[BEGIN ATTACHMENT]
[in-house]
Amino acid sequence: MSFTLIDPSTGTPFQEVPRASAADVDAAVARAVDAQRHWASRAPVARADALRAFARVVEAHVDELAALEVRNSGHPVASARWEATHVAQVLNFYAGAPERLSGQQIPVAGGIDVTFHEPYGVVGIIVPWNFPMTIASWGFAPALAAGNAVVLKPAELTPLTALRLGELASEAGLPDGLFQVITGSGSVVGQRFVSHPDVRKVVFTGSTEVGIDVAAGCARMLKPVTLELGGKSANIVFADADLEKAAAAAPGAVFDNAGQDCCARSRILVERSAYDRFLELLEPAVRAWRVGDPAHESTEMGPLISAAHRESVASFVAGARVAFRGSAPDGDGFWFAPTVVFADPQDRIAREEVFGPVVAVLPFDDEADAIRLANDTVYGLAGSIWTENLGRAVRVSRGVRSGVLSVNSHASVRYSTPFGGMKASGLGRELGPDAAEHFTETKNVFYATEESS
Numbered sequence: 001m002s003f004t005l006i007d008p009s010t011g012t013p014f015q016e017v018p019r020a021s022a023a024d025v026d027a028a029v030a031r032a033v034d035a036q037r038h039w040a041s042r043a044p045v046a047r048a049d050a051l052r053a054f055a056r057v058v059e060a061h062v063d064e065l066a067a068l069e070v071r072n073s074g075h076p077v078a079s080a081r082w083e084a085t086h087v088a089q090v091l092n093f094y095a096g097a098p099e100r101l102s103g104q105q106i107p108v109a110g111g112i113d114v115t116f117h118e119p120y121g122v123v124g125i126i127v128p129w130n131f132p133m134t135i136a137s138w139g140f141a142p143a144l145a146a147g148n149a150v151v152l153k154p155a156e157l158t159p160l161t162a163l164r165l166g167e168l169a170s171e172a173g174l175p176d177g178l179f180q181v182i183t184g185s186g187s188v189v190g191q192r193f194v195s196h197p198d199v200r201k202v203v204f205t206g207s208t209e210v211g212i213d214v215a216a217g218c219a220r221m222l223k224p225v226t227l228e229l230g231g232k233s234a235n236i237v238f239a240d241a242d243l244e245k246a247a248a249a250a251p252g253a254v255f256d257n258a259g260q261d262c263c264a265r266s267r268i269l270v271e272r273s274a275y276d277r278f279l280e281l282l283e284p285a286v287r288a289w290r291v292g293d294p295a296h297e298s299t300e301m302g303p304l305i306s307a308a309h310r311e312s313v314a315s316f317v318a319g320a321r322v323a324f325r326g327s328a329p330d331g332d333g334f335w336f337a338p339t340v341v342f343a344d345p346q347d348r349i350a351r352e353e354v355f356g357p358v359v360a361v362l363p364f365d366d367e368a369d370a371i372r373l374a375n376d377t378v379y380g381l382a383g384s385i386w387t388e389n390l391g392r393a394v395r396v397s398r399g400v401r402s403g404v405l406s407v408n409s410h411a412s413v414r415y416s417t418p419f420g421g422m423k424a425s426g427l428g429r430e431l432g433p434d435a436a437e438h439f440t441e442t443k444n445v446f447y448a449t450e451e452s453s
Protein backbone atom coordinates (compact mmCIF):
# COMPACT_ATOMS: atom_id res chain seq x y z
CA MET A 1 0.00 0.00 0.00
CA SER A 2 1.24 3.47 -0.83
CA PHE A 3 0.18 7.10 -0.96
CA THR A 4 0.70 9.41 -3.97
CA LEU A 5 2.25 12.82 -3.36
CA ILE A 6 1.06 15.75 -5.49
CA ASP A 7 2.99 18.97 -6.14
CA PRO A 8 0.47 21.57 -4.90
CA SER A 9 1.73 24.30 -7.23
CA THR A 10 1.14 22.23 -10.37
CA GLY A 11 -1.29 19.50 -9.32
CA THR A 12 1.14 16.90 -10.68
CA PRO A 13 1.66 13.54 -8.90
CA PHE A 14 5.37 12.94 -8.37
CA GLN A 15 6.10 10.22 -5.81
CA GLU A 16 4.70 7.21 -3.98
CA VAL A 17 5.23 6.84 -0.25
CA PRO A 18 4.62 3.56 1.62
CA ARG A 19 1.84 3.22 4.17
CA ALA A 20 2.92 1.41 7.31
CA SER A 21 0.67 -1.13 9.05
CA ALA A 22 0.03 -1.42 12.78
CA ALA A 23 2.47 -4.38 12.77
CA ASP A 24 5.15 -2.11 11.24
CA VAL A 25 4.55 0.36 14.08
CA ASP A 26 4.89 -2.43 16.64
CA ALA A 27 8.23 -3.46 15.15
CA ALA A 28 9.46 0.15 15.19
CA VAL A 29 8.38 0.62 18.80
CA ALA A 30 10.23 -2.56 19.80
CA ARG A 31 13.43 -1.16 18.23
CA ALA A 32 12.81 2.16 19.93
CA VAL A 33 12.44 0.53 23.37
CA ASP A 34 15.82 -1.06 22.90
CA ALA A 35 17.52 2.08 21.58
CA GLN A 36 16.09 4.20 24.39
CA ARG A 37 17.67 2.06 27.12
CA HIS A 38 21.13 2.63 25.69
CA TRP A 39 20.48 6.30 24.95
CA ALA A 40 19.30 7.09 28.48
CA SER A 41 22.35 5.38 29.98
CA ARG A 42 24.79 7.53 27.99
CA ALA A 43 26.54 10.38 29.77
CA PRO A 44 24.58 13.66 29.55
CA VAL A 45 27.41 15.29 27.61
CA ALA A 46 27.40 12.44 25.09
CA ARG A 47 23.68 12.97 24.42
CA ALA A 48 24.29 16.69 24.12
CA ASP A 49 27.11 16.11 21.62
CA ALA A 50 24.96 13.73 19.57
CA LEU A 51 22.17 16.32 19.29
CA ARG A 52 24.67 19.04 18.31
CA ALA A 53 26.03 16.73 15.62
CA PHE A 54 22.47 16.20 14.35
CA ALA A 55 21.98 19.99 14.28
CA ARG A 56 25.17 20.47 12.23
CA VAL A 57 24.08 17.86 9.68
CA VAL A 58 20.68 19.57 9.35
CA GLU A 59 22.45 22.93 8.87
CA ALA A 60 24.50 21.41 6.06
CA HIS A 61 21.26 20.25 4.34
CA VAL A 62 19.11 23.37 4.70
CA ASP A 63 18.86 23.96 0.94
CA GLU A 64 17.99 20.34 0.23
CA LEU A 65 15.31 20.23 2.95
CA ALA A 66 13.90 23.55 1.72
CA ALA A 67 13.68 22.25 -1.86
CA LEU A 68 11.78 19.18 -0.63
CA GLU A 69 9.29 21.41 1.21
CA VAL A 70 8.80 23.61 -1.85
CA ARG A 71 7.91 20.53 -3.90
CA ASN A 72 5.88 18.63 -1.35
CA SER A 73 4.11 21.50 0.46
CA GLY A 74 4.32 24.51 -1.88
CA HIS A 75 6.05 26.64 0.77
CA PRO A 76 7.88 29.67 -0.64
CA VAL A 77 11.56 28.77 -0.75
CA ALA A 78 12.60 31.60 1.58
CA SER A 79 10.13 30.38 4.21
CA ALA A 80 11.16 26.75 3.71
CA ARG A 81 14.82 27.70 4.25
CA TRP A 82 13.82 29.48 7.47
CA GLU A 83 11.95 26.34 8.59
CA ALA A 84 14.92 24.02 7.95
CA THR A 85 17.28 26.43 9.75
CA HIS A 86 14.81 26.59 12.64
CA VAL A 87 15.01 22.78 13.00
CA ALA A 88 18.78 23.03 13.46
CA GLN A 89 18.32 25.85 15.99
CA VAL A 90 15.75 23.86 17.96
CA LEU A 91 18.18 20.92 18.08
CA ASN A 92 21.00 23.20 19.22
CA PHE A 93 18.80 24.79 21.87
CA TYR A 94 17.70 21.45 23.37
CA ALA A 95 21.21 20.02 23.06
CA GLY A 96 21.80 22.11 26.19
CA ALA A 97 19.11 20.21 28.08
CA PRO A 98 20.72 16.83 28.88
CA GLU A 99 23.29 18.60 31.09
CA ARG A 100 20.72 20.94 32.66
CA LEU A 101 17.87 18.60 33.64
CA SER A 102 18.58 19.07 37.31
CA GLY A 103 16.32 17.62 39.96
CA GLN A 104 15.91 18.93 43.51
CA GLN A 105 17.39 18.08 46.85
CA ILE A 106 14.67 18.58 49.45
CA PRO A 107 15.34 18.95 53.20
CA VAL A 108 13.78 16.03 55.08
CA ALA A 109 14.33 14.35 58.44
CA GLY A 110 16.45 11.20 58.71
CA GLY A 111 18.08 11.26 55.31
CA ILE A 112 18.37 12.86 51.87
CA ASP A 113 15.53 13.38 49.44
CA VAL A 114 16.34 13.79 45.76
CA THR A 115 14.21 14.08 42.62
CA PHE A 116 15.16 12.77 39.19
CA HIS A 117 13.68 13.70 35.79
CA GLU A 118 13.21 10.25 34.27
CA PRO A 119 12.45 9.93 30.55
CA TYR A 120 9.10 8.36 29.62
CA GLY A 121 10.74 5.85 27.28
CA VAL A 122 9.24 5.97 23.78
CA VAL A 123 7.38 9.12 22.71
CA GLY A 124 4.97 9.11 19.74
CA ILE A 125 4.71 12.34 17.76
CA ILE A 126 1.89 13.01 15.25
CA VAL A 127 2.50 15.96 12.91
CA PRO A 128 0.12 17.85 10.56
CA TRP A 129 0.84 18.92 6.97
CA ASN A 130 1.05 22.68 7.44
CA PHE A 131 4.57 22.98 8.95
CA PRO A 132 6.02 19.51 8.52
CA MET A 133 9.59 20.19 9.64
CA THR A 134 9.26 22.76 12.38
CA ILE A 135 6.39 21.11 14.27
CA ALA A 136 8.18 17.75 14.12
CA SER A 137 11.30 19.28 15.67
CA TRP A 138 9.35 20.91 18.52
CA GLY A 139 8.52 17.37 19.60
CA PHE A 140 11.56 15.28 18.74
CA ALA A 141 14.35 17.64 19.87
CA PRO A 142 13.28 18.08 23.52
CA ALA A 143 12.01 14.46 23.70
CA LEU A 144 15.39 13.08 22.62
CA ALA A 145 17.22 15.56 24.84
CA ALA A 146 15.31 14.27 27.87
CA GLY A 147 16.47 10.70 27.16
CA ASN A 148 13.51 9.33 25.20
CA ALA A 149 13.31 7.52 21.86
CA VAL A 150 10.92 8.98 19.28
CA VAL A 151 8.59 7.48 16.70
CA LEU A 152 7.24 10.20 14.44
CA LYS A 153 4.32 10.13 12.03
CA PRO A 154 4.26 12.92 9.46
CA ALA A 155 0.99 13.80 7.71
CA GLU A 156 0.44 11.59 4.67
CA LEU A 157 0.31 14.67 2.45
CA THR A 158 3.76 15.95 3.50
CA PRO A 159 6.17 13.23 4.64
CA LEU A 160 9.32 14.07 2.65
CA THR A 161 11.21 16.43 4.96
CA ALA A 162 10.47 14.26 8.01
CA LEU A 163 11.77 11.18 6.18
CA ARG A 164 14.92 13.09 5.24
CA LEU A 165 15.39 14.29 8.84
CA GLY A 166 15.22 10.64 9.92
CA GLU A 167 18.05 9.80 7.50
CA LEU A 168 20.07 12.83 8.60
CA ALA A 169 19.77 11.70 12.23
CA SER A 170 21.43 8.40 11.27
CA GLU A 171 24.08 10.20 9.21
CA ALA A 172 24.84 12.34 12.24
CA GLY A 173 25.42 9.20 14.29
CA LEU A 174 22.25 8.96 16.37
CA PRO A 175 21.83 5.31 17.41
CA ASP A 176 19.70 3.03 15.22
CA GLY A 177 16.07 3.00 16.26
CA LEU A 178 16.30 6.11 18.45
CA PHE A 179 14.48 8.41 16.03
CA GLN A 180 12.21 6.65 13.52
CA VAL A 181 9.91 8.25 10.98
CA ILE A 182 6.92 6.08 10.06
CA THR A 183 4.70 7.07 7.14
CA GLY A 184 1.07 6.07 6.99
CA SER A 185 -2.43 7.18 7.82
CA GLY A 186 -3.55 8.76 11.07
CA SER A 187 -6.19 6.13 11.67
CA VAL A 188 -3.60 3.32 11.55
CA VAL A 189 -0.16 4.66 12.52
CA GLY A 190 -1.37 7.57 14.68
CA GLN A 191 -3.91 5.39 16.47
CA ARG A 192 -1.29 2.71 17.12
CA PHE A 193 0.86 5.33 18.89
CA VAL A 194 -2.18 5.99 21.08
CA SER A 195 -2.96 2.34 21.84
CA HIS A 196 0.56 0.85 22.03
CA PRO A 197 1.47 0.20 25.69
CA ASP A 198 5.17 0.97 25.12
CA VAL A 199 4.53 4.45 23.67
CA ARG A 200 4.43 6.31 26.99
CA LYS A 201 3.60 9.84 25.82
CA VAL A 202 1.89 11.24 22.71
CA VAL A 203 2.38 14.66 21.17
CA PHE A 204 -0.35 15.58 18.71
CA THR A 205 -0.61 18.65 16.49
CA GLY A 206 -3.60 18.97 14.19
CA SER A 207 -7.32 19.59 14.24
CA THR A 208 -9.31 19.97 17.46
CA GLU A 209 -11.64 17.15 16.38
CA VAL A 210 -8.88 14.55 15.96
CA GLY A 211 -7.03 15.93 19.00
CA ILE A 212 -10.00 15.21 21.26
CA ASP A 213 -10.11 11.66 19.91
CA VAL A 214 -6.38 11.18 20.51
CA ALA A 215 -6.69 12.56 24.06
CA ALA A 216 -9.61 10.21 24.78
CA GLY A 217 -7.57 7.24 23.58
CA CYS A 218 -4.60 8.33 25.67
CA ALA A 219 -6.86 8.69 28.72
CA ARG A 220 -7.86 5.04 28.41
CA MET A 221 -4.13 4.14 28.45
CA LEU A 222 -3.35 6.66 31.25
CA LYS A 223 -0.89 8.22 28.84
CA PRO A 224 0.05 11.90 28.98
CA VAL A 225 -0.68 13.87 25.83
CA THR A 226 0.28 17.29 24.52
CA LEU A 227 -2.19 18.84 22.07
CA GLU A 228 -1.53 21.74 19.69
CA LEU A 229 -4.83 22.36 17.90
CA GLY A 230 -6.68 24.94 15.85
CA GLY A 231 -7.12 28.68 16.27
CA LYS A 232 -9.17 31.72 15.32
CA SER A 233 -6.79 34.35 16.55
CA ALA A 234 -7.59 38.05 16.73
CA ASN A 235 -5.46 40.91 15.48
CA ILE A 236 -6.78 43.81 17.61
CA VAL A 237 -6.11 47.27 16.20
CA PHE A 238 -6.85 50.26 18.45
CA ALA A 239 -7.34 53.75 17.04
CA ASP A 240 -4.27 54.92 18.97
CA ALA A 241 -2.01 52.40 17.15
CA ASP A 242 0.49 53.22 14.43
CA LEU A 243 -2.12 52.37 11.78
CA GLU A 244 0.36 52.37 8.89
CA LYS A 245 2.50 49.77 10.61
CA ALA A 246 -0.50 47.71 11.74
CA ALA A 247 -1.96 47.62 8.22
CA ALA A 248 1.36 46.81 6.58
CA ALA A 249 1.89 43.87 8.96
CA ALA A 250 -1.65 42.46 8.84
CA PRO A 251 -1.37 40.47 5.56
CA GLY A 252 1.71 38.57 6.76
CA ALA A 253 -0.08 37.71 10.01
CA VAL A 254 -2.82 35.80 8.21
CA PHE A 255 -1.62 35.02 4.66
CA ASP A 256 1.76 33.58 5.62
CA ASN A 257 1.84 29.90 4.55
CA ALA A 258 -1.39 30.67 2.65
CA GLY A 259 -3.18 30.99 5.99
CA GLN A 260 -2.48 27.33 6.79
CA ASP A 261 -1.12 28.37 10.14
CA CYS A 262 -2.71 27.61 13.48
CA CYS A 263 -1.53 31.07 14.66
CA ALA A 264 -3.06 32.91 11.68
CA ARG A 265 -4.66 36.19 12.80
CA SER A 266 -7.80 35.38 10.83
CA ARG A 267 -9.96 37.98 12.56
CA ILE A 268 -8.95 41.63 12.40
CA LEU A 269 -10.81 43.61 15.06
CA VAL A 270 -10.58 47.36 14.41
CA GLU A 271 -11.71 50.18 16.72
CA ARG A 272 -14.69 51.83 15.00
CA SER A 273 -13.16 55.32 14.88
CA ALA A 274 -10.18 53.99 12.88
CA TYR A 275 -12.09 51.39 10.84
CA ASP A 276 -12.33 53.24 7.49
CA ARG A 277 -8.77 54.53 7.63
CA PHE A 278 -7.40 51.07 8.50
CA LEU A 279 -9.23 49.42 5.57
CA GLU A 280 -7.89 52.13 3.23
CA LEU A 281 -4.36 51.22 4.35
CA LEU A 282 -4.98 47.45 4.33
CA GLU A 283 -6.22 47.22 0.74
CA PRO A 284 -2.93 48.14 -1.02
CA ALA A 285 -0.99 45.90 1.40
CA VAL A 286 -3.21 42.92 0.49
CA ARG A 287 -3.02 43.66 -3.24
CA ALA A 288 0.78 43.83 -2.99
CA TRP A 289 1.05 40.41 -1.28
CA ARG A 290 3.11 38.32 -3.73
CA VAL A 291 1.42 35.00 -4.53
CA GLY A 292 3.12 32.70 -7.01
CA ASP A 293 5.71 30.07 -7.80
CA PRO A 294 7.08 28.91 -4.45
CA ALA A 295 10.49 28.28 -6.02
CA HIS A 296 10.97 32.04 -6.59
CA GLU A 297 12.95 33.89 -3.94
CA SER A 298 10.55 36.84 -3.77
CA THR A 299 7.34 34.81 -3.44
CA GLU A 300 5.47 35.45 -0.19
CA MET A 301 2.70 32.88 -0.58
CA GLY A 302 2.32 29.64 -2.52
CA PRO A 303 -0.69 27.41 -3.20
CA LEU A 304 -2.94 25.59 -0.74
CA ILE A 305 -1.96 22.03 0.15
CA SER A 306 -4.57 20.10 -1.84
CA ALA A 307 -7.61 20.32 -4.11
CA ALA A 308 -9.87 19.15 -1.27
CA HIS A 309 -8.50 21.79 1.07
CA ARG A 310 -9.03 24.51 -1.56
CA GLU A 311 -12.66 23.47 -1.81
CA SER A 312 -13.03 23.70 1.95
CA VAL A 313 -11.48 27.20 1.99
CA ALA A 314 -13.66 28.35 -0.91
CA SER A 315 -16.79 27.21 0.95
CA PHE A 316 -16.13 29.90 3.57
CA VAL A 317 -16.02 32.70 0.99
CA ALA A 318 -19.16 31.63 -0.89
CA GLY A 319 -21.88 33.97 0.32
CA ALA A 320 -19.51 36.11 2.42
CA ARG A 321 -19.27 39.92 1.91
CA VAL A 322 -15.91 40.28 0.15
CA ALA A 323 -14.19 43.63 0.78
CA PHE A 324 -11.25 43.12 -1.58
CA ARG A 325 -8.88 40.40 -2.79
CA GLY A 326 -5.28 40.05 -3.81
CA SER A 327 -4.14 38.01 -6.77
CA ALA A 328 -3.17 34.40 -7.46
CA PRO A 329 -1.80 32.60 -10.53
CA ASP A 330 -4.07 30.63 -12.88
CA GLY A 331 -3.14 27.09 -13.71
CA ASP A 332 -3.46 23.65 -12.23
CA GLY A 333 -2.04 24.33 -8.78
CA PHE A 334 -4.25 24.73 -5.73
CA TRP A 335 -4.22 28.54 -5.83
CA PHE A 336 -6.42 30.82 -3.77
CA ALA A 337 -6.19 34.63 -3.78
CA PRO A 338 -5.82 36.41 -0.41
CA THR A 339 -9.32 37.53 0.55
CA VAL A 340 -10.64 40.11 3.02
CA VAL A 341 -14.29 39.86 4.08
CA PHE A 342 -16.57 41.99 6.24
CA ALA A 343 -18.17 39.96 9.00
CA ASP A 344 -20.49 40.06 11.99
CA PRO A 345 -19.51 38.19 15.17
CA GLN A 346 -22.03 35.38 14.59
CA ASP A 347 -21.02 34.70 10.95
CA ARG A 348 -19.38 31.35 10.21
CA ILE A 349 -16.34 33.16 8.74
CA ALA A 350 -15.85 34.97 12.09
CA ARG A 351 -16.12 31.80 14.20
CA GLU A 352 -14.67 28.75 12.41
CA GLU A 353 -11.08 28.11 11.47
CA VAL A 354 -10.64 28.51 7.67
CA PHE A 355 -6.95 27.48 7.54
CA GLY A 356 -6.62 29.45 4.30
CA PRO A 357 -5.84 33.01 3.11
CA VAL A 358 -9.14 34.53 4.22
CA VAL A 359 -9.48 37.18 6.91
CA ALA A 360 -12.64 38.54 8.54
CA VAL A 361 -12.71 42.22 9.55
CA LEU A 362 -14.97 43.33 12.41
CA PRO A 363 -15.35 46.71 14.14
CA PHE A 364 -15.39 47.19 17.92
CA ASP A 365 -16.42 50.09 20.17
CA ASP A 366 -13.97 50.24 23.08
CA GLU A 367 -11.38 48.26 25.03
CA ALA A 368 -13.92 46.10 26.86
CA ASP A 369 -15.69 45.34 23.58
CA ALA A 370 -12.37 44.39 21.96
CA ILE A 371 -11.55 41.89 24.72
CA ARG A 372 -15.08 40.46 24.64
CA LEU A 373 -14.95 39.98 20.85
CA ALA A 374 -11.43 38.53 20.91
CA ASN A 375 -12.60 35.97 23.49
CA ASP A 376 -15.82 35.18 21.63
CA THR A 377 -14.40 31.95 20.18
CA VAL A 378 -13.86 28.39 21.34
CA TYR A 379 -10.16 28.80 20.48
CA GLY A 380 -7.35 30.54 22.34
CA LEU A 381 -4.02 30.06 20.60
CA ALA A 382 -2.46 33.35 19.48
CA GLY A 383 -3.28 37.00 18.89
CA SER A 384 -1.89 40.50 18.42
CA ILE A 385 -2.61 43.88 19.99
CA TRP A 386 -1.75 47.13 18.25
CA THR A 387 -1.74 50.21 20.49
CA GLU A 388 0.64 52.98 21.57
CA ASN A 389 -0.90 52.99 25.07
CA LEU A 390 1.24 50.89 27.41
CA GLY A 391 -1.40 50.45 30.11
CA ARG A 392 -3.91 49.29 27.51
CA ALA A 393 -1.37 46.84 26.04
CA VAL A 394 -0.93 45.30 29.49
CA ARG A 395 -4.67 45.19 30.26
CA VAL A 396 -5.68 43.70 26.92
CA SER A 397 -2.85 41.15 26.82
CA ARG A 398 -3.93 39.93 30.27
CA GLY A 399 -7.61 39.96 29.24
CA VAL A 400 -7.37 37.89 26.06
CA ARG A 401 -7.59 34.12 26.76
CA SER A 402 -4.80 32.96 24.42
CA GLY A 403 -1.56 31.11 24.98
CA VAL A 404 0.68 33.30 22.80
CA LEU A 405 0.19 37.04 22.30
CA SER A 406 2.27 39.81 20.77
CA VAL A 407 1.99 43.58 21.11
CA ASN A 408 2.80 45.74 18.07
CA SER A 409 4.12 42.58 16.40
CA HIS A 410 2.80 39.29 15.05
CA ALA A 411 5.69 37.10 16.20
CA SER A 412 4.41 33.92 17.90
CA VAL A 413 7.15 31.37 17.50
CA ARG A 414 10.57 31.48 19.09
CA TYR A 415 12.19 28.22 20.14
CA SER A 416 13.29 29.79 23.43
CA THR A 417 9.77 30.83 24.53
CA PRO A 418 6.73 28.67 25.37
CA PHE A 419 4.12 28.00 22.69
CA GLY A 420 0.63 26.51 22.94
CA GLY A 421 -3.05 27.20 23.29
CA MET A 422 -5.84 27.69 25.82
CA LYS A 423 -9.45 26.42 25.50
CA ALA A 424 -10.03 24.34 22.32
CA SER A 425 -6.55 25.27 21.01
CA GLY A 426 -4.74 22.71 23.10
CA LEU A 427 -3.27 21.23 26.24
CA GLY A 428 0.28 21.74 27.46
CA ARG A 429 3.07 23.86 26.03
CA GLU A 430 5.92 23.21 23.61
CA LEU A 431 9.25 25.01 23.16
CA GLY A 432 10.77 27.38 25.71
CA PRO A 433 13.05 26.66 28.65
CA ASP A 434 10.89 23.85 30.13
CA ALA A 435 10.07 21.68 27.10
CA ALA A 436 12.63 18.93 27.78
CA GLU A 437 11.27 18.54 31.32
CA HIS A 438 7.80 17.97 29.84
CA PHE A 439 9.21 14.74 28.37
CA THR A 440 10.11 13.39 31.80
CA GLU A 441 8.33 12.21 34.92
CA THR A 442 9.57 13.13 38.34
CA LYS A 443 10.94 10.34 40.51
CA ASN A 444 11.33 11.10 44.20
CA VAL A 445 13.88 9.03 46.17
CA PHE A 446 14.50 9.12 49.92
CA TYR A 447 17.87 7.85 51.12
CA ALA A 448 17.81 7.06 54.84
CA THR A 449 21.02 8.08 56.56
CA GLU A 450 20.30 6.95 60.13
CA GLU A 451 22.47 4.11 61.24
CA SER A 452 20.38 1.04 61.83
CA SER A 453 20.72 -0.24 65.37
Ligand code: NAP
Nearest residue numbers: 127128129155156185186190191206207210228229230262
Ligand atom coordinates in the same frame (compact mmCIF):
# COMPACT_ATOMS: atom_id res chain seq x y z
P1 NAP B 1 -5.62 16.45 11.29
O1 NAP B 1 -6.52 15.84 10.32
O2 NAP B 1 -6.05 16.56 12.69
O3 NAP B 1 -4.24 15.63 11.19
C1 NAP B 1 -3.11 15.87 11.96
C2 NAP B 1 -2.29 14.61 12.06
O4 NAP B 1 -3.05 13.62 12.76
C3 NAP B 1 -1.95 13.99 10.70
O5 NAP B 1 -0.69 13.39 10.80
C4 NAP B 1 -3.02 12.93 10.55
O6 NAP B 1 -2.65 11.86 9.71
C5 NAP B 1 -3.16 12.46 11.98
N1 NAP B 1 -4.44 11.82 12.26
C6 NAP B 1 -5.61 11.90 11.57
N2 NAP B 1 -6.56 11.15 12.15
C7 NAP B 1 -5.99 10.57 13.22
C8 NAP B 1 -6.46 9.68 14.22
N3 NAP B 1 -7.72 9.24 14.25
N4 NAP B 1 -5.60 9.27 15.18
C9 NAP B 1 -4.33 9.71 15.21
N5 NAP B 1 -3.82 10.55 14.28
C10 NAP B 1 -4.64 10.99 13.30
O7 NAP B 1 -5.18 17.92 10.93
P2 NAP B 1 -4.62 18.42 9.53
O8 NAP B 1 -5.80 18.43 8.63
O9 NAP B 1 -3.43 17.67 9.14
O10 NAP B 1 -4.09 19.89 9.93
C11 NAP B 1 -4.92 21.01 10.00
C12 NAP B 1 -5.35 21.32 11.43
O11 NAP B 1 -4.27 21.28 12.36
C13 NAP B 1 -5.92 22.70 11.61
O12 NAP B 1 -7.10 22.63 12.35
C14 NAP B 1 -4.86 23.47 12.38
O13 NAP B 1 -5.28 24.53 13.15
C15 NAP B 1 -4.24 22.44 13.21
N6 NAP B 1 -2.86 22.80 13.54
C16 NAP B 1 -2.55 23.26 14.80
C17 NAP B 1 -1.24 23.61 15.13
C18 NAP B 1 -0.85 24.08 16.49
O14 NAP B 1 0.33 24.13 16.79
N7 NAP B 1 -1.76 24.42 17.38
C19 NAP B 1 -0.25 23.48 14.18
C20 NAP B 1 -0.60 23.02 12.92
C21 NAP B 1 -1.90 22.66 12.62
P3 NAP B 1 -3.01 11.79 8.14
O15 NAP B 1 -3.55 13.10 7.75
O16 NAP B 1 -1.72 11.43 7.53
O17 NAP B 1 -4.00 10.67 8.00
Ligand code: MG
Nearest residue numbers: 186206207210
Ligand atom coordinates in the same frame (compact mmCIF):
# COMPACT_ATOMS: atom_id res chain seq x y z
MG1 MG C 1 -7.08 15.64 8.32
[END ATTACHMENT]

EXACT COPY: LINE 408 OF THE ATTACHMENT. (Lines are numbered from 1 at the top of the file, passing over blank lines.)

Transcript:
CA GLY A 403 -1.56 31.11 24.98